Millennials saving their money could be to blame for a sluggish economy, according to a note a Raymond James analyst wrote to clients, reports CNBC.
The U.S. personal savings rate has increased from 5.7 percent in 1996 to 8.1 percent in 2019, according to the St. Louis Federal Reserve.
The rate, according to Raymond James analyst Tavis McCourt, “has had disinflationary impact, driving the relatively slow growth and low inflation in this recovery ... causing the incentives for excess supply, and disinflation/deflation biases in the global economy.”
A slowdown in spending hurts businesses, which in turn hurts the U.S. economy.
“This leads to frustratingly low growth, deflationary biases in prices, excess supply, and increasing debt from the supply side attempts to improve the situation because the savings rate is going higher,” he said.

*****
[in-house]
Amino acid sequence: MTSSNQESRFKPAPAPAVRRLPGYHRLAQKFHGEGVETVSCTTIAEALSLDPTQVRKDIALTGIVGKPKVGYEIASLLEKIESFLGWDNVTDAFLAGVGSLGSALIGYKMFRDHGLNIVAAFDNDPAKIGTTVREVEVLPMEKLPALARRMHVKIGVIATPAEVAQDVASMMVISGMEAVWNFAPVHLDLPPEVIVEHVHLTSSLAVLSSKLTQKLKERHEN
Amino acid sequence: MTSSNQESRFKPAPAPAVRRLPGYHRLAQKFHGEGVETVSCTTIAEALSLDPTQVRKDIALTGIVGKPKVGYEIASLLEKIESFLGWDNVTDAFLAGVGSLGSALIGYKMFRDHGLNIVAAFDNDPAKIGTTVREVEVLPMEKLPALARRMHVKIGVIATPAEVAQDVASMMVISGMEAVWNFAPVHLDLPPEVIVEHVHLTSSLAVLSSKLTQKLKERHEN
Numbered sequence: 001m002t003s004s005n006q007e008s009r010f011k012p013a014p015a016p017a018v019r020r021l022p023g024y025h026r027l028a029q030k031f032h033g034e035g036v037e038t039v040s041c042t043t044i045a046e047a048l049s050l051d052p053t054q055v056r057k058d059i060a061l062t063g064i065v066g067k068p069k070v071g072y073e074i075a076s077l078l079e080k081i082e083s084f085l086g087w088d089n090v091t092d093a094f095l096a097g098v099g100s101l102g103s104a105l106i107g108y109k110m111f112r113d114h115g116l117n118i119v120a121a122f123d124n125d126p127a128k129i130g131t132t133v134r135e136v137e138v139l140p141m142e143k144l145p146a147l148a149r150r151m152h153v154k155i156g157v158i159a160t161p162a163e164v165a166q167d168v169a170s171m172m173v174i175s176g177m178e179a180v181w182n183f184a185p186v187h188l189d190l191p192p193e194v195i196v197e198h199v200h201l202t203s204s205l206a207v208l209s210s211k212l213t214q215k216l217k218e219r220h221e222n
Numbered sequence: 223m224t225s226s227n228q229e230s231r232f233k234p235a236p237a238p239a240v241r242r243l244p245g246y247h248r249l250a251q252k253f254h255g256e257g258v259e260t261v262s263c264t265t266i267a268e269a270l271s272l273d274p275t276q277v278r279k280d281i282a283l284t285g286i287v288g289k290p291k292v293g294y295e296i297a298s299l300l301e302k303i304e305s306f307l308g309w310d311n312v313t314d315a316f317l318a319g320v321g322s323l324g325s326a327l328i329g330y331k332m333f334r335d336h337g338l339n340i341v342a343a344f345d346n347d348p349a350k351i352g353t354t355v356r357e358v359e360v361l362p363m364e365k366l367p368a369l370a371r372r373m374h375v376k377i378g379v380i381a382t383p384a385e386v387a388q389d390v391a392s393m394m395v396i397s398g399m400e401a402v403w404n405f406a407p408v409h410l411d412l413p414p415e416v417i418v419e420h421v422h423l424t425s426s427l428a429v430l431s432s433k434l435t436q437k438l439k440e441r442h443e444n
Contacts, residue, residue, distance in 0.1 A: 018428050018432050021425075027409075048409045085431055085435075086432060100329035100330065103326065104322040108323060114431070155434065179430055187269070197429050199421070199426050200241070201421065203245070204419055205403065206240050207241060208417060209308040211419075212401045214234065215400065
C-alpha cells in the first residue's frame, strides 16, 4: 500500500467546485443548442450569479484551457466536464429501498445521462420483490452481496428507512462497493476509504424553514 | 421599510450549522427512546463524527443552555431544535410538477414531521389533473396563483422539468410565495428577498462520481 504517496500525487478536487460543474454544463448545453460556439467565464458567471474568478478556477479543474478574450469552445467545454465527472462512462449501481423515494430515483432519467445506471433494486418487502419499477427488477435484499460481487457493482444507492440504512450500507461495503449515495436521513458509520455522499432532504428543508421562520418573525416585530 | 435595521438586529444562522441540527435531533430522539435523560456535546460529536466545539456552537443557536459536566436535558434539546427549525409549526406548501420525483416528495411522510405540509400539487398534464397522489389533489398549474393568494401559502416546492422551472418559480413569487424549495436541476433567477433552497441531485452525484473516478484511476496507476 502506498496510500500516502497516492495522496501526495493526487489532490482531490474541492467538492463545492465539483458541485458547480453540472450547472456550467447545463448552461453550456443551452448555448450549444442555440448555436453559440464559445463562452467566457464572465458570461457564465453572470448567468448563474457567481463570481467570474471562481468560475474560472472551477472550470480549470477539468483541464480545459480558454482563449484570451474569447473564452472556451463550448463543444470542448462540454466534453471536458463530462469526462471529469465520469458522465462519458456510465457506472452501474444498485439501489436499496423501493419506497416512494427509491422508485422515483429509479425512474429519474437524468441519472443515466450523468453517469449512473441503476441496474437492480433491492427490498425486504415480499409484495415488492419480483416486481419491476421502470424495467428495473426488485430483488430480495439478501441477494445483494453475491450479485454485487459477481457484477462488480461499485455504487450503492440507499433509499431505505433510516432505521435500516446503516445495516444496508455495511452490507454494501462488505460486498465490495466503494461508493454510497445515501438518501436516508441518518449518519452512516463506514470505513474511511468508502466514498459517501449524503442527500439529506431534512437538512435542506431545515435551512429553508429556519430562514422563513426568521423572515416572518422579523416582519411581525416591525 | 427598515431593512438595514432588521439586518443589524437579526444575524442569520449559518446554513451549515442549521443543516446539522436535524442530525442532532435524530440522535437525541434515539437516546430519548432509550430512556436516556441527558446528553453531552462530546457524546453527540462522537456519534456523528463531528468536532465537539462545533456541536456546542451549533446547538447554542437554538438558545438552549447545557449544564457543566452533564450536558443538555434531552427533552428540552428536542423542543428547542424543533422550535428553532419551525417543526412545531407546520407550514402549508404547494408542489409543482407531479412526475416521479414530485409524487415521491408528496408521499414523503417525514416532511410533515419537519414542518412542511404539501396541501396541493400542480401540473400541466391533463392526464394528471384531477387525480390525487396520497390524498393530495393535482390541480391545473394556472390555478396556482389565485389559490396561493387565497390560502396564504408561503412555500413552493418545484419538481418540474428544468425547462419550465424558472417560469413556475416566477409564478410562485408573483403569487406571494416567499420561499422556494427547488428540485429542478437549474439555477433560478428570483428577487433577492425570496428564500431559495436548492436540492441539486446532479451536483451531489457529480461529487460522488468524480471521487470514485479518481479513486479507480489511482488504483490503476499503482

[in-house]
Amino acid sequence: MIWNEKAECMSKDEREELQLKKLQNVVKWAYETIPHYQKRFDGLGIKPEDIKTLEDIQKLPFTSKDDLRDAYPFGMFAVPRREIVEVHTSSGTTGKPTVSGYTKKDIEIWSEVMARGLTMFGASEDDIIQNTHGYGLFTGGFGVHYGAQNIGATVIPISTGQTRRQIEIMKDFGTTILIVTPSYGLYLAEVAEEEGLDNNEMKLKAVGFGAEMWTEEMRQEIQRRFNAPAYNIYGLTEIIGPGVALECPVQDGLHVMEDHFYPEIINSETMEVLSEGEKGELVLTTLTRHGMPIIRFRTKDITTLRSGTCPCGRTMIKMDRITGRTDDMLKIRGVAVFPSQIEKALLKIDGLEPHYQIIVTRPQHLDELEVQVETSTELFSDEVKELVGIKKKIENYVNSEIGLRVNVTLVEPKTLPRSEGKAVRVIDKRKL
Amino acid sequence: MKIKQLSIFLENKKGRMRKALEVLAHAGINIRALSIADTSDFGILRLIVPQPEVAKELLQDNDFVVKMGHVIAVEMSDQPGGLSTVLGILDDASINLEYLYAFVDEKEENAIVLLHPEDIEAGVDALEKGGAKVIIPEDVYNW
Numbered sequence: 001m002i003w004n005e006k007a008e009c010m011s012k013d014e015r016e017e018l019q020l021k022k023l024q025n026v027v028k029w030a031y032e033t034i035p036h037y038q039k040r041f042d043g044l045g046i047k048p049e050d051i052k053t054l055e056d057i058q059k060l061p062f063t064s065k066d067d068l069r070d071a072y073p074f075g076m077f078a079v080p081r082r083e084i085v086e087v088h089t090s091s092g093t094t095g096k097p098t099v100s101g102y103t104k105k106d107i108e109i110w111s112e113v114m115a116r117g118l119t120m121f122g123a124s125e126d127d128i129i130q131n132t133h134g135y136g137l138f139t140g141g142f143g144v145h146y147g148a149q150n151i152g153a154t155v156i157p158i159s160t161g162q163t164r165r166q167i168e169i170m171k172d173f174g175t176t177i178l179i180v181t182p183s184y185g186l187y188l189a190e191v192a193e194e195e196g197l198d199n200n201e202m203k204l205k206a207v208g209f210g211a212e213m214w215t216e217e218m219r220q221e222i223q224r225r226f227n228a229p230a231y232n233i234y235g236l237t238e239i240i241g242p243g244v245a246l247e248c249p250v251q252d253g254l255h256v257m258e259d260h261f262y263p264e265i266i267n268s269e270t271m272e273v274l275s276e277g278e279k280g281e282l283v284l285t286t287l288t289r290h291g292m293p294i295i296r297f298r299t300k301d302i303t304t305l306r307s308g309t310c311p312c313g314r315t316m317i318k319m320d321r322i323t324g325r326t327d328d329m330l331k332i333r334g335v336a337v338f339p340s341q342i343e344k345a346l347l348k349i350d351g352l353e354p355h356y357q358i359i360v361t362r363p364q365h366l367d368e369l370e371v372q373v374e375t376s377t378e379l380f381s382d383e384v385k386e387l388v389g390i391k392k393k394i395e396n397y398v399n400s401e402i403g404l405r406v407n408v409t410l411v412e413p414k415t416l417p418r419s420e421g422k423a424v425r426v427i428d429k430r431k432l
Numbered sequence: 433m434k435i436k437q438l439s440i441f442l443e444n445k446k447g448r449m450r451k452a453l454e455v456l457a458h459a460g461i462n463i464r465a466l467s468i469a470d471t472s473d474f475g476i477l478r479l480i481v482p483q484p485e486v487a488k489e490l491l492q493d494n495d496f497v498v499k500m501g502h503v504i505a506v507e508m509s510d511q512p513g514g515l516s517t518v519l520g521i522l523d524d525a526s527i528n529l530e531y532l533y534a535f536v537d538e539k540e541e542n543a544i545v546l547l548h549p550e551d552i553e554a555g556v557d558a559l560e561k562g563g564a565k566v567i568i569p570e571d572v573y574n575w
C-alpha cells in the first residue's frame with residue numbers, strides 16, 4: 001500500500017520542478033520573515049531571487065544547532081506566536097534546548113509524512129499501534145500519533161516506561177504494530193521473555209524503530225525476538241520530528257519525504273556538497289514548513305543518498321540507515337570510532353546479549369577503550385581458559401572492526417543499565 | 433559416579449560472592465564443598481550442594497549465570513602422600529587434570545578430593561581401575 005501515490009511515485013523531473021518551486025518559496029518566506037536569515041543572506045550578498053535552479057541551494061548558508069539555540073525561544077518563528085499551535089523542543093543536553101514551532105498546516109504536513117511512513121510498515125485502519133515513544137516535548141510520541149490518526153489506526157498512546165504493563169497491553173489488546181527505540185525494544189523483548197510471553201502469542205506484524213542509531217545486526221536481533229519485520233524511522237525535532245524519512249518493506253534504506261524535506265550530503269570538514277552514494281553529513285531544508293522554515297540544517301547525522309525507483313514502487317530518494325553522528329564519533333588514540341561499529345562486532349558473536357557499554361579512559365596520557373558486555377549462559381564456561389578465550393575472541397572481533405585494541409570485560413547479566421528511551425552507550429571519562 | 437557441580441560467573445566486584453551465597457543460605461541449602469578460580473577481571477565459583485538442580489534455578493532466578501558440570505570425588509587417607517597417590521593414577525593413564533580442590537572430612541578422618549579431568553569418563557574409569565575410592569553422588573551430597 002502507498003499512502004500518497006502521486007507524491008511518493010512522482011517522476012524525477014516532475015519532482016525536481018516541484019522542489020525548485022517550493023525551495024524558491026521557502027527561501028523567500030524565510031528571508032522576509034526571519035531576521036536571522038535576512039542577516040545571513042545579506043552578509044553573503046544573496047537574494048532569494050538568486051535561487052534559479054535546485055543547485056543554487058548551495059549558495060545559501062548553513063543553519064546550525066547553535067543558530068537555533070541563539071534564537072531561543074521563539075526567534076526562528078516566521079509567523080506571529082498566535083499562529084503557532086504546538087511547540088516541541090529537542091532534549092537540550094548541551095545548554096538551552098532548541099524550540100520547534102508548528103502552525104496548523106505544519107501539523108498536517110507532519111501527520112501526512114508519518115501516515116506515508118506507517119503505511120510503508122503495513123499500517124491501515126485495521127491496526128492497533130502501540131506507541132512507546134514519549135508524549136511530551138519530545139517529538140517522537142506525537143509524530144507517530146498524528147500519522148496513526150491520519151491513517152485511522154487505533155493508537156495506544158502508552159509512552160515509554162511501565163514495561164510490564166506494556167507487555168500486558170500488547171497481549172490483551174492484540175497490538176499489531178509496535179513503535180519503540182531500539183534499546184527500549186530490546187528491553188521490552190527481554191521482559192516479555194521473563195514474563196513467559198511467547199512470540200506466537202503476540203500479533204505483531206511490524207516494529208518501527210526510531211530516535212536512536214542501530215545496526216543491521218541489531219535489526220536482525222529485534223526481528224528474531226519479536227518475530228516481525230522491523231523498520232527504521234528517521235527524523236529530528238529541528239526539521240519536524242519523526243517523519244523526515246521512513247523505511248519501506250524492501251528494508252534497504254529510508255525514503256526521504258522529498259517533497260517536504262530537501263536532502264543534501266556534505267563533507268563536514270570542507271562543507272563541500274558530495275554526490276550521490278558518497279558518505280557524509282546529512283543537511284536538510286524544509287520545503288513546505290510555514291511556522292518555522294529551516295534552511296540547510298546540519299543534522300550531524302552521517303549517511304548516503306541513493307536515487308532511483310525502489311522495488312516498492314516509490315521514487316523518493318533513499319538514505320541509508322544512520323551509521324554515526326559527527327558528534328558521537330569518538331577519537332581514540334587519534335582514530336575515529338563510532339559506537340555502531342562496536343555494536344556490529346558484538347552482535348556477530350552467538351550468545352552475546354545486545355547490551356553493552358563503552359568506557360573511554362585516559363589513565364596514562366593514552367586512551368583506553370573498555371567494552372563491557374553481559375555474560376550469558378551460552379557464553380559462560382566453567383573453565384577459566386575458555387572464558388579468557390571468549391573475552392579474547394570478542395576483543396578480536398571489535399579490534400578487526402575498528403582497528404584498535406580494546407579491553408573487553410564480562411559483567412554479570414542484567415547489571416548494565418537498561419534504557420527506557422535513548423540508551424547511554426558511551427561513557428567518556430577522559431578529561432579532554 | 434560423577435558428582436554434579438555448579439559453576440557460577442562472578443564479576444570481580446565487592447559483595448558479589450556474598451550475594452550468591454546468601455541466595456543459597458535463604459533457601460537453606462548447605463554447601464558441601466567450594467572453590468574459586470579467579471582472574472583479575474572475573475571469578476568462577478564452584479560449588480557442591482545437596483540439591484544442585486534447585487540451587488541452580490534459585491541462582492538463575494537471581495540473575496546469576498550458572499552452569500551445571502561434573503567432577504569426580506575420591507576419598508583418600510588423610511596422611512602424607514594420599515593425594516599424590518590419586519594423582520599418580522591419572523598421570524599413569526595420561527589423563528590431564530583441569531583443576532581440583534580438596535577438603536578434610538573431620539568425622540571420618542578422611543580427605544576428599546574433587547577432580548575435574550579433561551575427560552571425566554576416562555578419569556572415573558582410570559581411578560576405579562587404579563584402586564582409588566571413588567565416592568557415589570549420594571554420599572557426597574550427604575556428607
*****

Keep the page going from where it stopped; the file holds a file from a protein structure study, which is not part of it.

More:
Millennials, who came of age during the Great Recession and were born between 1981 and 1996, started to save more following the 2008 financial crisis.
“The U.S. consumer has had enough, so they are saving instead of purchasing like last generation, limiting demand growth,” added McCourt.
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